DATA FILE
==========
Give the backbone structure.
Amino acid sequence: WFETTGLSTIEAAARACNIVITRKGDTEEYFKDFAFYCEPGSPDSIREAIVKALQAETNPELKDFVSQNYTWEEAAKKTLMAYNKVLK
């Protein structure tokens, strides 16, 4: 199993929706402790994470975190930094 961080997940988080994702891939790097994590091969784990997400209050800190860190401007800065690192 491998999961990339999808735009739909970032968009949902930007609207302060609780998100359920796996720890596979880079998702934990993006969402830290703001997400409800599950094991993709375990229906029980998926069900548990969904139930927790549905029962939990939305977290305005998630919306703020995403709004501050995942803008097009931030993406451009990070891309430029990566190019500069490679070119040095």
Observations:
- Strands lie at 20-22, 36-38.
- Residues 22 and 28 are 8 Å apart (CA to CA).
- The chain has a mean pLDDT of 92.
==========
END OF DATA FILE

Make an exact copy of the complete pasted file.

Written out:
Give the backbone structure.
Amino acid sequence: WFETTGLSTIEAAARACNIVITRKGDTEEYFKDFAFYCEPGSPDSIREAIVKALQAETNPELKDFVSQNYTWEEAAKKTLMAYNKVLK
């Protein structure tokens, strides 16, 4: 199993929706402790994470975190930094 961080997940988080994702891939790097994590091969784990997400209050800190860190401007800065690192 491998999961990339999808735009739909970032968009949902930007609207302060609780998100359920796996720890596979880079998702934990993006969402830290703001997400409800599950094991993709375990229906029980998926069900548990969904139930927790549905029962939990939305977290305005998630919306703020995403709004501050995942803008097009931030993406451009990070891309430029990566190019500069490679070119040095």
Observations:
- Strands lie at 20-22, 36-38.
- Residues 22 and 28 are 8 Å apart (CA to CA).
- The chain has a mean pLDDT of 92.